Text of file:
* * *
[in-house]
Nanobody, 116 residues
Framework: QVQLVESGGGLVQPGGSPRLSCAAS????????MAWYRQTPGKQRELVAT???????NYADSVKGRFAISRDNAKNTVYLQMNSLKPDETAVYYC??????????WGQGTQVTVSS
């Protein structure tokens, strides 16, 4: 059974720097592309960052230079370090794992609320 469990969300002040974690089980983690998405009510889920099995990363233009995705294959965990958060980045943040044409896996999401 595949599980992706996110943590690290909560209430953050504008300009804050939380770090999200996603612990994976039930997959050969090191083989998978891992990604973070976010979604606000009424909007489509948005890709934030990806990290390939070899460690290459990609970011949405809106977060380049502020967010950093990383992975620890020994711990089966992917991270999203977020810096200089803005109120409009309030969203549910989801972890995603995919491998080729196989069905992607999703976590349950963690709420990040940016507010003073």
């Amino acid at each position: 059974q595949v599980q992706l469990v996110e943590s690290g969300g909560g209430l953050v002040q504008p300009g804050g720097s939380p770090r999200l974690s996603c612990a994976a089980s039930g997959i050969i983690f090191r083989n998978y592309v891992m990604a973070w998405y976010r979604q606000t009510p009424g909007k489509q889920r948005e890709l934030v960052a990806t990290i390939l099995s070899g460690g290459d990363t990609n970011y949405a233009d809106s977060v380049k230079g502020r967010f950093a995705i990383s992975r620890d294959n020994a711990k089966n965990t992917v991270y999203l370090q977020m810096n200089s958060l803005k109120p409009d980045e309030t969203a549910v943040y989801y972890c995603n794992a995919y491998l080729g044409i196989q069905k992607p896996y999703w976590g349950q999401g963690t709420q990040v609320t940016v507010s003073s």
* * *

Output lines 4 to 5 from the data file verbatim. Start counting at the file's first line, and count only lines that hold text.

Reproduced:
């Protein structure tokens, strides 16, 4: 059974720097592309960052230079370090794992609320 469990969300002040974690089980983690998405009510889920099995990363233009995705294959965990958060980045943040044409896996999401 595949599980992706996110943590690290909560209430953050504008300009804050939380770090999200996603612990994976039930997959050969090191083989998978891992990604973070976010979604606000009424909007489509948005890709934030990806990290390939070899460690290459990609970011949405809106977060380049502020967010950093990383992975620890020994711990089966992917991270999203977020810096200089803005109120409009309030969203549910989801972890995603995919491998080729196989069905992607999703976590349950963690709420990040940016507010003073």
């Amino acid at each position: 059974q595949v599980q992706l469990v996110e943590s690290g969300g909560g209430l953050v002040q504008p300009g804050g720097s939380p770090r999200l974690s996603c612990a994976a089980s039930g997959i050969i983690f090191r083989n998978y592309v891992m990604a973070w998405y976010r979604q606000t009510p009424g909007k489509q889920r948005e890709l934030v960052a990806t990290i390939l099995s070899g460690g290459d990363t990609n970011y949405a233009d809106s977060v380049k230079g502020r967010f950093a995705i990383s992975r620890d294959n020994a711990k089966n965990t992917v991270y999203l370090q977020m810096n200089s958060l803005k109120p409009d980045e309030t969203a549910v943040y989801y972890c995603n794992a995919y491998l080729g044409i196989q069905k992607p896996y999703w976590g349950q999401g963690t709420q990040v609320t940016v507010s003073s």